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The Case of Better Readable Code

When you code, you write your programs either in all lower case, all upper case, or a combination of the two. Let’s take PL/SQL for example, almost all PL/SQL programming best practices and coding styles that I’ve come across recommend using upper and lower. The following is an excerpt from the book Oracle PL/SQL Best Practices By Steven Feuerstein:

PL/SQL code is made up of many different components: variables, form items, report fields, procedures, functions, loops, etc. All these fall into two major categories. Reserved words and program specific identifiers. Reserved words are those language elements that are used by PL/SQL. They have special meaning to the compiler and hence are reserved. Program specific identifiers are the names that a programmer gives to the various components of program such as variables, constants, procedures etc…

The PL/SQL compiler treats these two types of text very differently. You can improve the readability of the code greatly by reflecting this difference in the way the text is displayed.

To distinguish between reserved words and program specific identifiers, use of the upper and lowercase strategy is recommended. Use all UPPER case of reserved words and lower case of program specific identifiers. This increases the readability of the code.

Sure, this does increase the readability of the code. But, it sure does take extra time to think what words are reserved and what words are program specific identifiers and decide which case to use accordingly, upper or lower. Even if you know the reserved words by heart, it is still going to take you extra time to hit that Shift or the Caps Lock key every time you “switch context”.

So, unless you do not care about enhancing the readability of your code or you do not mind the extra time it takes to manually decide which case to use, I believe that an automated code formatter is an essential tool that every developer should have.

I use Quest SQL Navigator’s code formatter. It’s very powerful and has many formatting options:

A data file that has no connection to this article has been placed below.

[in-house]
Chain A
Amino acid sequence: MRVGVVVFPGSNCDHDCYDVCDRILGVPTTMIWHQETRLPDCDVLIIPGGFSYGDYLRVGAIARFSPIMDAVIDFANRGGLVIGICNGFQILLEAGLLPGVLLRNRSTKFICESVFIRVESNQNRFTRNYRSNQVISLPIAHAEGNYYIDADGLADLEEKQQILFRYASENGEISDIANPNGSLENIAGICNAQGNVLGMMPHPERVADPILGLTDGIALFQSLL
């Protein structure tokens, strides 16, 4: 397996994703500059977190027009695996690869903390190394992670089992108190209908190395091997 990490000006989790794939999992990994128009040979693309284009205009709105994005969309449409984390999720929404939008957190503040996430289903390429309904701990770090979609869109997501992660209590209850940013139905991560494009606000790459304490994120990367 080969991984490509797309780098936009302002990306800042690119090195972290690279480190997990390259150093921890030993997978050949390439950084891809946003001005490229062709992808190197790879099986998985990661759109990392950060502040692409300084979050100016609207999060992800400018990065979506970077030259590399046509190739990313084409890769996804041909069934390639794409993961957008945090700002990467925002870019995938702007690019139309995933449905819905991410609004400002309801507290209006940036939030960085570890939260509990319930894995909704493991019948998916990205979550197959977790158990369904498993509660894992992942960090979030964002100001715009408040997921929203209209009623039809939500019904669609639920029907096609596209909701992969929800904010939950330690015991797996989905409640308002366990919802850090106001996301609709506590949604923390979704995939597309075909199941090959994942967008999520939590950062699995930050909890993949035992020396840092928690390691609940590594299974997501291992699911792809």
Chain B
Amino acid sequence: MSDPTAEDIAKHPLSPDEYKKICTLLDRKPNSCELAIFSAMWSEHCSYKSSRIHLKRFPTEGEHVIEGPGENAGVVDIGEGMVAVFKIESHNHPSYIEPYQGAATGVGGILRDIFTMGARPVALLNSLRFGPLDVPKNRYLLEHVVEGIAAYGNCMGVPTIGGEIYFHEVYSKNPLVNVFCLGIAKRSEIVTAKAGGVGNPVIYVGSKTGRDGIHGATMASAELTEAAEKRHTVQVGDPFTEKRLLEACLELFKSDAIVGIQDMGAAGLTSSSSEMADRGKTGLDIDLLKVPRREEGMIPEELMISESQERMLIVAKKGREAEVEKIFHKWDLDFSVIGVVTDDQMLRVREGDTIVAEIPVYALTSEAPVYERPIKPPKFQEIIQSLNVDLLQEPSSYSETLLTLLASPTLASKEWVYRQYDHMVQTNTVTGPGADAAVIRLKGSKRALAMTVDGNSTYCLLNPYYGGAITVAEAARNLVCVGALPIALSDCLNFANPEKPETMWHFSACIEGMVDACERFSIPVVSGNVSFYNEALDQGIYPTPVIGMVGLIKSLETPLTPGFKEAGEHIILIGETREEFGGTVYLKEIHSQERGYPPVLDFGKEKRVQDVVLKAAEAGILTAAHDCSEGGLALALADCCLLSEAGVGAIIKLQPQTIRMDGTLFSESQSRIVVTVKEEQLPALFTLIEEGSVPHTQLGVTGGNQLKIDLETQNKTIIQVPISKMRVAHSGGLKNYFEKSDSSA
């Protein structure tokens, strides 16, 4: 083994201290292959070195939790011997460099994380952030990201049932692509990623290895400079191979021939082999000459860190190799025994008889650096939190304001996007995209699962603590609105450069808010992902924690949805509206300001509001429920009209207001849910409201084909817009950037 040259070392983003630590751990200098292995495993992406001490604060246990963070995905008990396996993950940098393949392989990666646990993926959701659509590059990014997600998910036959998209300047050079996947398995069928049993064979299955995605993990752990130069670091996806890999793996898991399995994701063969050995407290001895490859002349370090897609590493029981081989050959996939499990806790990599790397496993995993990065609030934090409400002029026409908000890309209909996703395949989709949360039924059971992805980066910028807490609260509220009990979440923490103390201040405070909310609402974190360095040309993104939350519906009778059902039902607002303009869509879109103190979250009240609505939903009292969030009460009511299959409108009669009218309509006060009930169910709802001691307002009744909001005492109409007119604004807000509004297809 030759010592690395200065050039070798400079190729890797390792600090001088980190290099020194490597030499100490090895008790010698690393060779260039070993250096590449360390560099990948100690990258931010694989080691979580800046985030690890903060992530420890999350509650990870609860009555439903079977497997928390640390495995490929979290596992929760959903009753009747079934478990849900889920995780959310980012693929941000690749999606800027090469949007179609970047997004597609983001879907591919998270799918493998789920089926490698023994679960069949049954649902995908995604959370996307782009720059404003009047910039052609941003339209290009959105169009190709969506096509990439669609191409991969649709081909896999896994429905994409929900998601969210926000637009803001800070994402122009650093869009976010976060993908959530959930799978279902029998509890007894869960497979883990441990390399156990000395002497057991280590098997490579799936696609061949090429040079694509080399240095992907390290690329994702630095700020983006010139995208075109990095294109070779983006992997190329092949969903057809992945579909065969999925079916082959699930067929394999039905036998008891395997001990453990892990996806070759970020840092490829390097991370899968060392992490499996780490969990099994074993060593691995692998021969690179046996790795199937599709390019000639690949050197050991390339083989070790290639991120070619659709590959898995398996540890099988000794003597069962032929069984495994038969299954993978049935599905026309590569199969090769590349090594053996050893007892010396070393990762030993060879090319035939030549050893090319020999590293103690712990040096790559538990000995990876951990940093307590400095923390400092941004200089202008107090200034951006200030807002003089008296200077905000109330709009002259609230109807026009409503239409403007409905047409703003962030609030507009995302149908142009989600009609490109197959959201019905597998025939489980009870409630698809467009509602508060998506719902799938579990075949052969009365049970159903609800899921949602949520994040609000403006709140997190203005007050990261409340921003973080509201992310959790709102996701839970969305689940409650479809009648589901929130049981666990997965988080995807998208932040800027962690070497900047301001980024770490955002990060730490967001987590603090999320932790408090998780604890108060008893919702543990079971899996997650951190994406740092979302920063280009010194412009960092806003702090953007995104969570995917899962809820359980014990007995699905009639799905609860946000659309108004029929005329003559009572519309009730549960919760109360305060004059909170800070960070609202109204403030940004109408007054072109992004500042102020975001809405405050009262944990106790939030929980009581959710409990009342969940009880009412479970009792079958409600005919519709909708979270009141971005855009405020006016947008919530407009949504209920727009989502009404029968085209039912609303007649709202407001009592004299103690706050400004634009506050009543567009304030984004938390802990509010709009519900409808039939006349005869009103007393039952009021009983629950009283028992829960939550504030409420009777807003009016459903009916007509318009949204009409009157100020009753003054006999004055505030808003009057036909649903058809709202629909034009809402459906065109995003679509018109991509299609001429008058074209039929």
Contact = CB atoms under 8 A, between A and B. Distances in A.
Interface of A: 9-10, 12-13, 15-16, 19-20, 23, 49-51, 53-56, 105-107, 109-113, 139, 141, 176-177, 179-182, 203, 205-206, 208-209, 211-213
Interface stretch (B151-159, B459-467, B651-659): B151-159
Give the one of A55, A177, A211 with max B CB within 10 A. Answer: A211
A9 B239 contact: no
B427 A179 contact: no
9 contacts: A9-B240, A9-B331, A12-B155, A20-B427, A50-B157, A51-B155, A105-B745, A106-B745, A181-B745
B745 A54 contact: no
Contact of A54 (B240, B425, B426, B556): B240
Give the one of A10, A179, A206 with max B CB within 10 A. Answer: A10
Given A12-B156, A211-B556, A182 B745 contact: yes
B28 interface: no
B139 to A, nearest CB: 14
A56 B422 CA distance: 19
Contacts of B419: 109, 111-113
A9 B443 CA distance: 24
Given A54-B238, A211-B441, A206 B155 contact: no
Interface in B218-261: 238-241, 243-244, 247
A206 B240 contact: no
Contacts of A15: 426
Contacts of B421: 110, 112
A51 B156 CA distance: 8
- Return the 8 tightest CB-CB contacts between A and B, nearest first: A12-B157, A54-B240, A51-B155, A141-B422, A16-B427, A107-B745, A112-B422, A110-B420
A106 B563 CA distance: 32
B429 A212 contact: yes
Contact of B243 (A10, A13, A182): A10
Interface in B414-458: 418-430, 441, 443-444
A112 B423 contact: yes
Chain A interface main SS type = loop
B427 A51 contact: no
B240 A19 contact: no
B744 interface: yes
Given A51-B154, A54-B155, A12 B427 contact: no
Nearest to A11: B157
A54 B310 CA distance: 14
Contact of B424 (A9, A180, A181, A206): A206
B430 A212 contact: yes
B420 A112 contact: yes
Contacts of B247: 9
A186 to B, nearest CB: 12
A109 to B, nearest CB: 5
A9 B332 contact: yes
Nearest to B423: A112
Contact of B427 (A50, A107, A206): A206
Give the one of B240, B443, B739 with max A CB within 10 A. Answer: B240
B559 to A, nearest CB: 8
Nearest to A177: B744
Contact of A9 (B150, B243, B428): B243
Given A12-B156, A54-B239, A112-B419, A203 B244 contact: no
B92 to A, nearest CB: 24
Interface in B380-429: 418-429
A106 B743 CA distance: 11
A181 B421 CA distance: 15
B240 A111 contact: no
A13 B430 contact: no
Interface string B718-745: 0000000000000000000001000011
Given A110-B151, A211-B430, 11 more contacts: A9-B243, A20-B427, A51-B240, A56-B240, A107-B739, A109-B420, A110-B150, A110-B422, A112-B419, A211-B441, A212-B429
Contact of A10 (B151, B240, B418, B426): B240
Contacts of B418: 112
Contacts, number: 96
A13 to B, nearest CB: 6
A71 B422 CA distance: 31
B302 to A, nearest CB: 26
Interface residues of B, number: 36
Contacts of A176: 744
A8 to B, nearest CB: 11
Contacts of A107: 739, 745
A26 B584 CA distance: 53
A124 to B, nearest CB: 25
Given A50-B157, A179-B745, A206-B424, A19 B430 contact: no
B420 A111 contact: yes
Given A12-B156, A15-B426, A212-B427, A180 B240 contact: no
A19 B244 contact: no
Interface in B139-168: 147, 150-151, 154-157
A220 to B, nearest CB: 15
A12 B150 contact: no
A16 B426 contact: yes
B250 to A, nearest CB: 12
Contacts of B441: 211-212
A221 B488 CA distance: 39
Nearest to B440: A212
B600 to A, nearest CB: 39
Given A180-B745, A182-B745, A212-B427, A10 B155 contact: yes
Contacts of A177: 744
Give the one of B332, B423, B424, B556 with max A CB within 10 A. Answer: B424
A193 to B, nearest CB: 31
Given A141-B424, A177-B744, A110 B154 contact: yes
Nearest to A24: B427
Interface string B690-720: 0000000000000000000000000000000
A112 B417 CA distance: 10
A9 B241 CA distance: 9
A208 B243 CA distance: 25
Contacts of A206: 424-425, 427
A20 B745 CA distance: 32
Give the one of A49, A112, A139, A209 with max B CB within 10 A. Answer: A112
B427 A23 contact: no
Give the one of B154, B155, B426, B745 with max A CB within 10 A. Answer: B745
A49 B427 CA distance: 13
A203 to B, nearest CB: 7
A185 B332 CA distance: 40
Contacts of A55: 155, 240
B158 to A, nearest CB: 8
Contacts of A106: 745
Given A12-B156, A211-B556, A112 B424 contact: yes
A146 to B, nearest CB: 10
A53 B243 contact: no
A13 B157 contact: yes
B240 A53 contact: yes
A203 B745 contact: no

Oracle SQL Developer also has a formatter, but it has far less formatting options than SQL Navigator. It is one area where Oracle SQL Developer needs improvement.

Filed in Interesting, Oracle on 11 Mar 07 | Tags: , , , , ,

Reader's Comments

  1. |

    I’m a fan of init caps – there’s a reason why directions signs on freeways/motorways don’t use all lower case or (worse still) upper case letters, and it’s because the human brain is better as interpreting when you give more visual clues to the words.

    eg. from easiest to read to hardest …

    Exec DBMS_Stats.Gather_System_Stats

    exec dbms_stats.gather_system_stats


    Mind you, it drives other people crazy, but that’s just another advantage for me šŸ™‚

  2. |

    That’s a good argument for automated code formatting, Dave. I can reformat your code to look the way that I find most readable. Eddie – I use the code formatter that comes with TOAD – looks like it is the same one you use with SQL Navigator – interesting, but not surprising – both tools are from Quest.

  3. |

    because the human brain is better as interpreting when you give more visual clues to the words

    Exactly. Another example:

    1. select employee_id from employees
    2. Select Employee_Id From Employees
    3. SELECT employee_id FROM employees

    I believe that number 3 is the easiest to read. There is a visual clue that SELECT and FROM are reserved words.

    both tools are from Quest

    Right. I’m not surprised either that they use the same formatter.

  4. |

    Personally, and this is very much IMHO, I don’t get the reserved word thing. The list changes with each release and with each product (SQL, SQL*Plus, PL/SQL) and if one is supposed to recognise them well enough to capitalise them then the capitalisation ought to be regarded as redundant.


  5. |

    I’m with Eddie: “Select * From” is to my particular brain cluttered, twee and unreadable. I would sooner see all-lowercase, or else (as I do) routinely go through PL/SQL Developer’s .kwf files adding words like COLLECT and NTILE so they show up properly.

    Although I do use code formatters, my problem with them is that the default settings do criminally insane things like right-aligning SQL keywords, and they can’t seem to do fairly obvious things like starting a new line for a subquery.

  6. |

    I’m with David on this.

    With SQL, if it is not in quotes, I write it lower case. The exceptions are when I pass the code through a formatter.

    If I happen to be writing PL/SQL that is to be of any consequence, I may name my variable with init cap on each word, with the initial character in lower case. eg. thisIsMyVariableName

    If it is some really serious PL/SQL (more than a 100 lines or so ) the variables will probably be prefixed with character to indicate the data type.

    eg. dThisIsADateVariable

  7. |

    The point I’m getting here is that you can never expect everyone to like the same coding format that you like and vice versa. This makes the need to enforce code styling and formatting standards (among team members) even stronger.